i love having stuff prepared or at least sliced/served tableside. salads and desserts, of course, but also some entrees like roasts of wild game or prime rib, and asian specialties like whole fish that is bathed in hot broth or oil and served.

agreed, btw, about the egg.

pytnplace, what is coddling an egg? is it safer than using raw eggs?
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Old 08-10-2007, 12:07 PM   #15
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Quote:
Originally Posted by buckytom
agreed, btw, about the egg.

pytnplace, what is coddling an egg? is it safer than using raw eggs?
I’m wondering if people are truly coddling their eggs (using an egg coddler) or if their just soft boiling the eggs in their shells?
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Old 08-10-2007, 12:55 PM   #16
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Quote:
Originally Posted by keltin
Im wondering if people are truly coddling their eggs (using an egg coddler) or if their just soft boiling the eggs in their shells?
Or just poach the yolk in simmering water. That's what i do. I don't use the white in my dressing.
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Old 08-10-2007, 04:47 PM   #17
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I don't use an egg coddler (?). What I do is simmer the egg for about 1 minute in the shell. The egg is soft enough to separate the yolk from the white. I saw Emeril do it once. It's supposed to be safer. Not sure about that though. I know that I feel a bit better about things when I coddle the egg.
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Old 08-10-2007, 09:19 PM   #18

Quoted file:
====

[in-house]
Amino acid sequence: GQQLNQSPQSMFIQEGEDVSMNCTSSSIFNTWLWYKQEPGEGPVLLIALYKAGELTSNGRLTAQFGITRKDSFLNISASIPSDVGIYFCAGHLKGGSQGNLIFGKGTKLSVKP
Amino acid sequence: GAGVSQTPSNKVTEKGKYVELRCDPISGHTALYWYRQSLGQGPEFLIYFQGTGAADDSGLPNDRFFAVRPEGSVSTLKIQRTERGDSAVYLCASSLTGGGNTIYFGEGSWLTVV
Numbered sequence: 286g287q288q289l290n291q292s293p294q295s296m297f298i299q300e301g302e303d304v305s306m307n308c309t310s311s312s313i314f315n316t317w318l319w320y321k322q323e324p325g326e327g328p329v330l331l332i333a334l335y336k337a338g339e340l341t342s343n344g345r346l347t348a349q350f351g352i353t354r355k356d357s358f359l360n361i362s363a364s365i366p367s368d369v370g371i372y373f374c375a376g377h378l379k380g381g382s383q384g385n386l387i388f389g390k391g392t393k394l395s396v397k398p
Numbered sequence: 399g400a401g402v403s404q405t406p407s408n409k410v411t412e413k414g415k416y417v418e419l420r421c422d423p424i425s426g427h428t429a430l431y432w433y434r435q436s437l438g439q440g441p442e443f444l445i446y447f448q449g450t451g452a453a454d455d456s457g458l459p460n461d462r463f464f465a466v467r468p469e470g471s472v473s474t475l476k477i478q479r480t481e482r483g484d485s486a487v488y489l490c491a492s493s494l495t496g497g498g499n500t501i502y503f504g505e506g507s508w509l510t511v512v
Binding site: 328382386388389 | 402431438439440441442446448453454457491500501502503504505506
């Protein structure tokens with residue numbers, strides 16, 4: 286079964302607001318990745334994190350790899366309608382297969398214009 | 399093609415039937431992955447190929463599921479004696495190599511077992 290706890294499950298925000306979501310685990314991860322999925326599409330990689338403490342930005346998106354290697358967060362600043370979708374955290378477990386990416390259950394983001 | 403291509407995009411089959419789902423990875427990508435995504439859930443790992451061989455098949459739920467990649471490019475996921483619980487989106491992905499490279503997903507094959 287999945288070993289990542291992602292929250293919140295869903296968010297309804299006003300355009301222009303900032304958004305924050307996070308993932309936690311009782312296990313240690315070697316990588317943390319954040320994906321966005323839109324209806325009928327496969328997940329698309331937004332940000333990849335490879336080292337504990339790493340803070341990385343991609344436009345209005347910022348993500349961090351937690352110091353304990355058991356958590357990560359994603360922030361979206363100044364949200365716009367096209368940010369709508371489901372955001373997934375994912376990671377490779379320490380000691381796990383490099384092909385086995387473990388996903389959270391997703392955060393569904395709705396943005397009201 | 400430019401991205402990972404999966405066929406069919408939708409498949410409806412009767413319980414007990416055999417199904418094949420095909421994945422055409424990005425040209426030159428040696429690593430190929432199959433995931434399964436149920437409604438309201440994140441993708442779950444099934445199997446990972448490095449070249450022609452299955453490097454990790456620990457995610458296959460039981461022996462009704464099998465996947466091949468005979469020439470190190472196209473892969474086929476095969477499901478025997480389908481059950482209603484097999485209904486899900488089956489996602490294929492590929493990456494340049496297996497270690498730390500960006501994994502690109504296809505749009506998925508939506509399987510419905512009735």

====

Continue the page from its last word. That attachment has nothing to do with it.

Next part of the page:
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If you are are food safety-conscious, like me, you need to use pasteurized eggs. Otherwise there is a big salmonella risk.

If you can't find them (I can't) coddle -- parcook them -- or even wholly cook them before using in the dressing.
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Old 08-11-2007, 11:57 AM   #19
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Quote:
Originally Posted by jennyema
If you are are food safety-conscious, like me, you need to use pasteurized eggs. Otherwise there is a big salmonella risk.
Big salmonella risk? This is from the American Egg Board:

"The risk of getting a foodborne illness from eggs is very low. However, the nutrients that make eggs a high-quality food for humans are also a good growth medium for bacteria. In addition to food, bacteria also need moisture, a favorable temperature and time in order to multiply and increase the risk of illness. In the rare event that an egg contains bacteria, you can reduce the risk by proper chilling and eliminate it by proper cooking. When you handle eggs with care, they pose no greater food-safety risk than any other perishable food. The inside of an egg was once considered almost sterile. But, over recent years, the bacterium Salmonella enteritidis (Se) has been found inside a small number of eggs. Scientists estimate that, on average across the U.S., only 1 of every 20,000 eggs might contain the bacteria. So, the likelihood that an egg might contain Se is extremely small 0.005% (five one-thousandths of one percent). At this rate, if youre an average consumer, you might encounter a contaminated egg once every 84 years."
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Old 08-11-2007, 01:01 PM   #20
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Yeah, "big" was probably not the right word. But there is a risk, certainly.